You might consider going electronic to build upon the book. It deserves a blog by you and a discussion board (which might provide you better feedback - and this is one book that should generate a lot of discussion). If you go electronic, you can add supporting information, your own commentary and notes on the book and more information about additional readings. And you could put the needed glossary and additional illustrations there, as a way to contain publishing costs. Maybe some of the illustrations could come from the Spitzer Hall as a way to promote it. And the website allows updates in the rapidly changing field. It could even become a major website on Human Origins.

Finally, despite the problems and suggestions section you deserve accolades for what you have accomplished. This is a very difficult subject area to delve into deeply and to present in a condensed format and you have produced a `masterly" piece of work.
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on February 8, 2013
With the significant paleontological advances in the opening years of this century, I have been awaiting a major summary for the interested layperson. A 2012-copyrighted offering from Ian Tattersall appeared to be a good candidate, and it is. He summarizes the discoveries from proconsul to H. floresiensis and even the find in the Denisova cave. What is particularly interesting is his efforts to illuminate the progress in brain power and culture of hominins over the ages, and the efforts to ascertain the progress in human symbolic thought and speech. Genetic analyses also are evaluated. In short, the book provides an excellent summary of our state of knowledge of human evolution, which should allow the interested non-professional to understand and evaluate new discoveries as they are reported in the near future.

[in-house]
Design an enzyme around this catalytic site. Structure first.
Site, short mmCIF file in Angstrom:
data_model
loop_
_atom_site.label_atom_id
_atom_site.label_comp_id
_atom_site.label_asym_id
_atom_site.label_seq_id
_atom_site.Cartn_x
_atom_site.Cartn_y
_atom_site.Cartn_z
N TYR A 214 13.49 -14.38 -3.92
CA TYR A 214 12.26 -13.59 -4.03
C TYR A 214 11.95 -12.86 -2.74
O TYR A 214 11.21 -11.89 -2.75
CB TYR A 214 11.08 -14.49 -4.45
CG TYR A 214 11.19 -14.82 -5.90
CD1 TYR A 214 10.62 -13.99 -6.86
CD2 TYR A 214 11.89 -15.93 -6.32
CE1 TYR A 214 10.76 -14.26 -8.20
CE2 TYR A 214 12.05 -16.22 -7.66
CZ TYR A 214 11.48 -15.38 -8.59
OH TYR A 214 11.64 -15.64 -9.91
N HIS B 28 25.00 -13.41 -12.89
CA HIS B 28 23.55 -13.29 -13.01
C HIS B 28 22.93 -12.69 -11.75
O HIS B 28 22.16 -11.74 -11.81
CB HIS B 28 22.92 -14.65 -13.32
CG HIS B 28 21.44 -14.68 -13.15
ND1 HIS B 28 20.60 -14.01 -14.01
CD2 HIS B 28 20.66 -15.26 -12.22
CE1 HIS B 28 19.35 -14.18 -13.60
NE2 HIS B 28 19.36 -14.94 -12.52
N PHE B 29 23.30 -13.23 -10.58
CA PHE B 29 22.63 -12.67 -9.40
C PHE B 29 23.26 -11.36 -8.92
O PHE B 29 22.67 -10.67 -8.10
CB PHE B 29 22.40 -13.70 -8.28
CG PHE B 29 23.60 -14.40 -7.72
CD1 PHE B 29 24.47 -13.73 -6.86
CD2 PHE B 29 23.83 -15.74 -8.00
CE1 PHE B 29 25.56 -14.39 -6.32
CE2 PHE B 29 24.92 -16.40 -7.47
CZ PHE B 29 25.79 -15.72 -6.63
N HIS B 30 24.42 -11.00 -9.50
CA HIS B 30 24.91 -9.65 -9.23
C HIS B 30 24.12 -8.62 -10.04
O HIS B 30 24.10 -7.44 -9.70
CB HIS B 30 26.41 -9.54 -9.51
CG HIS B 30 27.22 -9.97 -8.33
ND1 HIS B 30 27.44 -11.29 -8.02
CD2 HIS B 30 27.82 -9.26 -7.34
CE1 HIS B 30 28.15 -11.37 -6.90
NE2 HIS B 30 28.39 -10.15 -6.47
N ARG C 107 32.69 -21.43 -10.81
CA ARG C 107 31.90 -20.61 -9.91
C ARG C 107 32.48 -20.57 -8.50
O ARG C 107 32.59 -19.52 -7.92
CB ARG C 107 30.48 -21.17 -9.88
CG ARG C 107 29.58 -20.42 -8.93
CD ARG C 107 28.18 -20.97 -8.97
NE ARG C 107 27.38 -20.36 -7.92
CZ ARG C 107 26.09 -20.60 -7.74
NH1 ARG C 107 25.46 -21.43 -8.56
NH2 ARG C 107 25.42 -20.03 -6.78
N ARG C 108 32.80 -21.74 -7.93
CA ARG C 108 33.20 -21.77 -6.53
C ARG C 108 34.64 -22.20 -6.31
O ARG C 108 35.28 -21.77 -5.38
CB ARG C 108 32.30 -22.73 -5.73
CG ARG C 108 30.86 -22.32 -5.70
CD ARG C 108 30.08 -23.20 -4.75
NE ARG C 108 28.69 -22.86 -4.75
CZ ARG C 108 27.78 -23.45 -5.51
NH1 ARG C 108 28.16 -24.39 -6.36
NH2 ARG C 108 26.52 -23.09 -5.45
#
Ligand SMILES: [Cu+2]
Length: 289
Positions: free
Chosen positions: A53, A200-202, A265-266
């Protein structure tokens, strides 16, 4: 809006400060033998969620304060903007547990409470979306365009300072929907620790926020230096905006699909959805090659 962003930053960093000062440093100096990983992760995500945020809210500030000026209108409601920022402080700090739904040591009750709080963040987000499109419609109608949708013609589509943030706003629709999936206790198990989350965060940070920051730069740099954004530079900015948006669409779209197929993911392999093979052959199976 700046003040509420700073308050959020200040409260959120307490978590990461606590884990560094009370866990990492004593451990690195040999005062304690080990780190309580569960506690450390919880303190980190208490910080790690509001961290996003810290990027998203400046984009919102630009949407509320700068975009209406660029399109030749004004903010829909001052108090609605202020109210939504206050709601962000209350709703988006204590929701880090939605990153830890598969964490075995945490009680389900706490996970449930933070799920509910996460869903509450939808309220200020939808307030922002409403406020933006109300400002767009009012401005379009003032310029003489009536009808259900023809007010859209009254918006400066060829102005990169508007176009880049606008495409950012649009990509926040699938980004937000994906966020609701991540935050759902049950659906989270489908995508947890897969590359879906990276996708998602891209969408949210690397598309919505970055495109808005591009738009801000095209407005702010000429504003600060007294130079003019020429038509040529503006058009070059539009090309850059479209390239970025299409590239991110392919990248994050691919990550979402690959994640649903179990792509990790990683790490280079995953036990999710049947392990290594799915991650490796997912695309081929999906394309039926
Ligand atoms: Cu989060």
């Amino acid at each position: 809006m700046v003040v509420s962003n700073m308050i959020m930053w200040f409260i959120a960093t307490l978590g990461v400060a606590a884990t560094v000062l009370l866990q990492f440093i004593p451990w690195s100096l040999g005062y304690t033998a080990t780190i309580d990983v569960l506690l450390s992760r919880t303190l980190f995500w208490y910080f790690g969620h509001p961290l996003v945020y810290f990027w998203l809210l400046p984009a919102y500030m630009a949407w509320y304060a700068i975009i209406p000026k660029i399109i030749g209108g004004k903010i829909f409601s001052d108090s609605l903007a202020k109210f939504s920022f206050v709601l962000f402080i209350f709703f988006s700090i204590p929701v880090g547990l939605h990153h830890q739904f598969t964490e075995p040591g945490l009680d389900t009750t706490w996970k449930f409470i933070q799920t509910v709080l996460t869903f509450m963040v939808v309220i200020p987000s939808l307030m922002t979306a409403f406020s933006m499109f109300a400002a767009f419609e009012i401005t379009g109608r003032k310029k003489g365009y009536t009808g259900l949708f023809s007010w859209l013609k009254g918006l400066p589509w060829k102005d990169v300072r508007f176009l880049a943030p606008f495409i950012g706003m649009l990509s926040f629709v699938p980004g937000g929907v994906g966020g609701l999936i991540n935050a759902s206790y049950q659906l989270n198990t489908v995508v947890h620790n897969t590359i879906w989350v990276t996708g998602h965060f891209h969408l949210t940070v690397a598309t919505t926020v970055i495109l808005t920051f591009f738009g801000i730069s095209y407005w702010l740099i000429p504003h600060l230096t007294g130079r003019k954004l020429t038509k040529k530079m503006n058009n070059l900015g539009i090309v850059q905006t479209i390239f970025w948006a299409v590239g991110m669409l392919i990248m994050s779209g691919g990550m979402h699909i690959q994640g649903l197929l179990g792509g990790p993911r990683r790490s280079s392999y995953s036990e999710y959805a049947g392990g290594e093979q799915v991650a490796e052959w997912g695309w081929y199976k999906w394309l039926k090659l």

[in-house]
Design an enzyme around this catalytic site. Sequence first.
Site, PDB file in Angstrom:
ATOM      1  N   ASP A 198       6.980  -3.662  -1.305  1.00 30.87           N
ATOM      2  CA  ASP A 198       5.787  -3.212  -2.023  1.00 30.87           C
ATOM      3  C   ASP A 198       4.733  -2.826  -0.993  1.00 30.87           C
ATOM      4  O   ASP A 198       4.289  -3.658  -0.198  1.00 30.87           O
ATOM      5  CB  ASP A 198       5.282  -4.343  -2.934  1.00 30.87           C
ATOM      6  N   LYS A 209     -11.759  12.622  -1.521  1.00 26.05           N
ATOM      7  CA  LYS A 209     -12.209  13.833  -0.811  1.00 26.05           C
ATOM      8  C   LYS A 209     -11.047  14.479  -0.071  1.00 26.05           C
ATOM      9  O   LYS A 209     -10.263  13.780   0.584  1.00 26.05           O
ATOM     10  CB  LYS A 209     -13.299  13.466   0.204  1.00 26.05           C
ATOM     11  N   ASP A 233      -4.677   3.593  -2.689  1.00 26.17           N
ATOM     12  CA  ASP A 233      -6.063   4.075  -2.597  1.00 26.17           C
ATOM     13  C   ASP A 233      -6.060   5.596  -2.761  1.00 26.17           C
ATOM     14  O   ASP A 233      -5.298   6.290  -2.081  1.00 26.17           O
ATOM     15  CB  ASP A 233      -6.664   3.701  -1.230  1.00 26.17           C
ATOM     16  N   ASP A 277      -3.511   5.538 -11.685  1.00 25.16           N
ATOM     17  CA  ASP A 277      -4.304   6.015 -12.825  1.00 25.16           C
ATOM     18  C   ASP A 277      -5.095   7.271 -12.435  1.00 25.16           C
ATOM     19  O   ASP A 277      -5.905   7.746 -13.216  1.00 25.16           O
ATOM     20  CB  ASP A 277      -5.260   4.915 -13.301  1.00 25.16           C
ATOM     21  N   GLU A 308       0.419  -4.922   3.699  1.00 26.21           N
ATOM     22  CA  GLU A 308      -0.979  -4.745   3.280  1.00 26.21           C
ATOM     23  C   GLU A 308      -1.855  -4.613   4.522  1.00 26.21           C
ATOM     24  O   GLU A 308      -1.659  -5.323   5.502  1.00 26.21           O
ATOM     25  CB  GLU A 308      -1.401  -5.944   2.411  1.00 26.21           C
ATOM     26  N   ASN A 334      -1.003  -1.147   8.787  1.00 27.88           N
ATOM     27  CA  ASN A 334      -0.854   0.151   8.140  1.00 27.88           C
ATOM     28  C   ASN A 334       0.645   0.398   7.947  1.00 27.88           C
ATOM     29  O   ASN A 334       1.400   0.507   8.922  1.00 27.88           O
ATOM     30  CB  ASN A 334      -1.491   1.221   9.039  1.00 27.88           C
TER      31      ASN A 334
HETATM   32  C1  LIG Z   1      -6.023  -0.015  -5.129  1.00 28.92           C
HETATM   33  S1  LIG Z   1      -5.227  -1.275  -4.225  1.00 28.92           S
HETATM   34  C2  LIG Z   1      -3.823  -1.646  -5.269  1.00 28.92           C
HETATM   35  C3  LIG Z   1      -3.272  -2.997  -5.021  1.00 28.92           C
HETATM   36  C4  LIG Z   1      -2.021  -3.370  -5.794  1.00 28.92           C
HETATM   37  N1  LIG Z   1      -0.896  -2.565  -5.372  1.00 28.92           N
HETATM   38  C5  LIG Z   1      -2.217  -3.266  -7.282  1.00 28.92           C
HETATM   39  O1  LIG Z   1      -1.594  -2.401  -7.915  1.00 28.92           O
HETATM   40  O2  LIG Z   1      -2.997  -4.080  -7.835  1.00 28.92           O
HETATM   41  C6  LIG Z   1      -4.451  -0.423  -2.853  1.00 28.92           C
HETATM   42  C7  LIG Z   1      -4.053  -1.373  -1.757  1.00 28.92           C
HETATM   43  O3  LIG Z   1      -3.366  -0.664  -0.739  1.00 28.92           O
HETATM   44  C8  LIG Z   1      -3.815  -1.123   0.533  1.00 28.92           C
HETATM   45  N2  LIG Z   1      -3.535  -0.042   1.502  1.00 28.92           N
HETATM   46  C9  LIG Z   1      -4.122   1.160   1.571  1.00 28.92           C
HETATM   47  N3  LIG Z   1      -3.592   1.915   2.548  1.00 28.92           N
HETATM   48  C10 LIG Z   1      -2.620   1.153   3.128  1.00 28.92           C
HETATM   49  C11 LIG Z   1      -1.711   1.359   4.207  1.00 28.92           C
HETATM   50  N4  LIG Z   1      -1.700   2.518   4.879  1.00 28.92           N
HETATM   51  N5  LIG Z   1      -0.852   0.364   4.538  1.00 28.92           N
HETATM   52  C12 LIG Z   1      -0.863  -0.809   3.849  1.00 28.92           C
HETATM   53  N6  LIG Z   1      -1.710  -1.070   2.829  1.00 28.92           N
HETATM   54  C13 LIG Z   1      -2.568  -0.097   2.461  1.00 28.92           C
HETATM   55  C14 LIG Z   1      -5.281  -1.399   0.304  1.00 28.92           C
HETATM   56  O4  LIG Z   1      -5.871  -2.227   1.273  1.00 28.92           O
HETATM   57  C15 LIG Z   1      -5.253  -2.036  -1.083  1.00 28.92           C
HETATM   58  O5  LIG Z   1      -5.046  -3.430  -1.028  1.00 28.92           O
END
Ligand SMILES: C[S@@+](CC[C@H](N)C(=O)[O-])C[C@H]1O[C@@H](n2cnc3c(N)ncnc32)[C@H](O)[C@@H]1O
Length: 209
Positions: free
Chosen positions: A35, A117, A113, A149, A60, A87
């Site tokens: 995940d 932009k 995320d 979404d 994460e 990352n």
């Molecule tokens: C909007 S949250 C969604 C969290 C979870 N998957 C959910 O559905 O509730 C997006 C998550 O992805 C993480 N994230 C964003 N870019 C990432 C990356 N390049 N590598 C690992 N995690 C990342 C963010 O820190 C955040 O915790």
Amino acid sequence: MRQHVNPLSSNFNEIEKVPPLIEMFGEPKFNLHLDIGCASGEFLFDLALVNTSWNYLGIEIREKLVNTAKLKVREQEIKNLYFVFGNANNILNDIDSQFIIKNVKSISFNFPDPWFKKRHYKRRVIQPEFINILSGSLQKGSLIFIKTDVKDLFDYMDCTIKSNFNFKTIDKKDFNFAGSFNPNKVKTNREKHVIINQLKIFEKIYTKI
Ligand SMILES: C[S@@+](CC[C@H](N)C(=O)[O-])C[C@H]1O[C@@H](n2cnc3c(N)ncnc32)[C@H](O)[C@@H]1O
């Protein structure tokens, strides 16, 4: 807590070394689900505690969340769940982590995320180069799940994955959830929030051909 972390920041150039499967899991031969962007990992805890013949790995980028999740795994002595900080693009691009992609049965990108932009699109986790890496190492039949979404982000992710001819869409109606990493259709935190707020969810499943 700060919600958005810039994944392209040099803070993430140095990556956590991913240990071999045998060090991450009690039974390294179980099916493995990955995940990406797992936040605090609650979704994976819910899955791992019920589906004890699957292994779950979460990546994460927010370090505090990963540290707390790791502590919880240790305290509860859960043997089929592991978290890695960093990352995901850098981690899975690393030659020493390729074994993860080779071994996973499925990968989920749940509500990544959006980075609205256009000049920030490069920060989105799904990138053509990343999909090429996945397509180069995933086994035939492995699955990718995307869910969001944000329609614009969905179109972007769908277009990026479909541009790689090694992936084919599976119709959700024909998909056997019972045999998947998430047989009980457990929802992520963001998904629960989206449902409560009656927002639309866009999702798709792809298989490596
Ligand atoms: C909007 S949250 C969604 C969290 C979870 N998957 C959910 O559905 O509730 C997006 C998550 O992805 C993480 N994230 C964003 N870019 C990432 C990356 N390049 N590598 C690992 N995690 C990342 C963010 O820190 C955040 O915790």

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on December 23, 2012
I thoroughly enjoyed this book. It was an interesting discussion of what is known today about the evolution of modern man. Certainly some of it was speculative, as the author admits, but Tattersall describes our current knowledge, points out controversies, and admits that years from now the evolutionary picture may be very different. He enhances his narrative with discussions of the behavior of chimpanzees and how different it is from humans. The discussion of language evolution includes a fascinating description of deaf children who invented their own sign language. My one minor criticism is that I would have liked to see more illustrations.
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on January 30, 2014
Ian Tattersall is one of those remarkable scholars who can take dusty old facts and not only make them interesting, but also exciting. If you are wondering how and why your ancestors came down from the trees and became modern homo sapiens, you need to read Professor Tattersall's book.
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on July 17, 2013
I'm a Tattersall fan. I have enjoyed most of his writing from articles to books. This volume shoots for breadth more than depth and as a result should be read with an overview expectation. If you were going to read only one book on the hominid story I would easily recommend this over others.

My reasons are the author's devotion to the field, his unique position as a curator at a first class institution, and his willingness to revise his opinion as shifts in data warrant.